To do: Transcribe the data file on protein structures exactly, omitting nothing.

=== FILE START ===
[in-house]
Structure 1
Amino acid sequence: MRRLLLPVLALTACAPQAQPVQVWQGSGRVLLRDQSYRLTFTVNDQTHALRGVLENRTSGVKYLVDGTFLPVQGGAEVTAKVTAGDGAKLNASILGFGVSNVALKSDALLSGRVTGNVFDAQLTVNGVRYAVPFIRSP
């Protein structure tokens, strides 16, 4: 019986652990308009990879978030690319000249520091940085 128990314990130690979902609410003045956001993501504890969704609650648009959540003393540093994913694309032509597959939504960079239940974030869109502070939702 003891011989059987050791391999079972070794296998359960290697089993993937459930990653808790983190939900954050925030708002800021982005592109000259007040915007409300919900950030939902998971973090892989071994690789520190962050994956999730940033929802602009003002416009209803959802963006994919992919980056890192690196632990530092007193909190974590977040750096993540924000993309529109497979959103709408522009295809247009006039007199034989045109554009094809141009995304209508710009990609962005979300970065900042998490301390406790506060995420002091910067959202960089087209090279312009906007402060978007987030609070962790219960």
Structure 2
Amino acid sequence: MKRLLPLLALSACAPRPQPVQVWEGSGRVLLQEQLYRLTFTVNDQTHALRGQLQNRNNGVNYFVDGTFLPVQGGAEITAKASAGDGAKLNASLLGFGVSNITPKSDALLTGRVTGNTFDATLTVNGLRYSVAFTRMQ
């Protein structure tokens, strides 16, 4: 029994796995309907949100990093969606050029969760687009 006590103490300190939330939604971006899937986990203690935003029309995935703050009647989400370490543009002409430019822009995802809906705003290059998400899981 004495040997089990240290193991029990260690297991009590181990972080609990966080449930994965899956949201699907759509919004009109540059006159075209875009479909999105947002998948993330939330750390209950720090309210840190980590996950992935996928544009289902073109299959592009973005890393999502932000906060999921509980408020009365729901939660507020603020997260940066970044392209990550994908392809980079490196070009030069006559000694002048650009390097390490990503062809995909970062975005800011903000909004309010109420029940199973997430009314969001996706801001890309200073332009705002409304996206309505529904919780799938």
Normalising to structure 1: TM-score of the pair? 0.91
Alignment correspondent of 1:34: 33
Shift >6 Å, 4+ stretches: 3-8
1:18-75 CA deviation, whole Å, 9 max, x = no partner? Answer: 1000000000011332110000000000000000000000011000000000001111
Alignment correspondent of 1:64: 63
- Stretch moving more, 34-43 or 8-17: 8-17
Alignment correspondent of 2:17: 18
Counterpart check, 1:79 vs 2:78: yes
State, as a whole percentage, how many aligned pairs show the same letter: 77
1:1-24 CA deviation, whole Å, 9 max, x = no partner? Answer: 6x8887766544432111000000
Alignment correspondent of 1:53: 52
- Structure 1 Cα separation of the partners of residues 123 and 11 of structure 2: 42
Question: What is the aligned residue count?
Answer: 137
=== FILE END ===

[in-house]
Structure 1
Amino acid sequence: MRRLLLPVLALTACAPQAQPVQVWQGSGRVLLRDQSYRLTFTVNDQTHALRGVLENRTSGVKYLVDGTFLPVQGGAEVTAKVTAGDGAKLNASILGFGVSNVALKSDALLSGRVTGNVFDAQLTVNGVRYAVPFIRSP
């Protein structure tokens, strides 16, 4: 019986652990308009990879978030690319000249520091940085 128990314990130690979902609410003045956001993501504890969704609650648009959540003393540093994913694309032509597959939504960079239940974030869109502070939702 003891011989059987050791391999079972070794296998359960290697089993993937459930990653808790983190939900954050925030708002800021982005592109000259007040915007409300919900950030939902998971973090892989071994690789520190962050994956999730940033929802602009003002416009209803959802963006994919992919980056890192690196632990530092007193909190974590977040750096993540924000993309529109497979959103709408522009295809247009006039007199034989045109554009094809141009995304209508710009990609962005979300970065900042998490301390406790506060995420002091910067959202960089087209090279312009906007402060978007987030609070962790219960």
Structure 2
Amino acid sequence: MKRLLPLLALSACAPRPQPVQVWEGSGRVLLQEQLYRLTFTVNDQTHALRGQLQNRNNGVNYFVDGTFLPVQGGAEITAKASAGDGAKLNASLLGFGVSNITPKSDALLTGRVTGNTFDATLTVNGLRYSVAFTRMQ
């Protein structure tokens, strides 16, 4: 029994796995309907949100990093969606050029969760687009 006590103490300190939330939604971006899937986990203690935003029309995935703050009647989400370490543009002409430019822009995802809906705003290059998400899981 004495040997089990240290193991029990260690297991009590181990972080609990966080449930994965899956949201699907759509919004009109540059006159075209875009479909999105947002998948993330939330750390209950720090309210840190980590996950992935996928544009289902073109299959592009973005890393999502932000906060999921509980408020009365729901939660507020603020997260940066970044392209990550994908392809980079490196070009030069006559000694002048650009390097390490990503062809995909970062975005800011903000909004309010109420029940199973997430009314969001996706801001890309200073332009705002409304996206309505529904919780799938």
Normalising to structure 1: TM-score of the pair? 0.91
Alignment correspondent of 1:34: 33
Shift >6 Å, 4+ stretches: 3-8
1:18-75 CA deviation, whole Å, 9 max, x = no partner? Answer: 1000000000011332110000000000000000000000011000000000001111
Alignment correspondent of 1:64: 63
- Stretch moving more, 34-43 or 8-17: 8-17
Alignment correspondent of 2:17: 18
Counterpart check, 1:79 vs 2:78: yes
State, as a whole percentage, how many aligned pairs show the same letter: 77
1:1-24 CA deviation, whole Å, 9 max, x = no partner? Answer: 6x8887766544432111000000
Alignment correspondent of 1:53: 52
- Structure 1 Cα separation of the partners of residues 123 and 11 of structure 2: 42
Question: What is the aligned residue count?
Answer: 137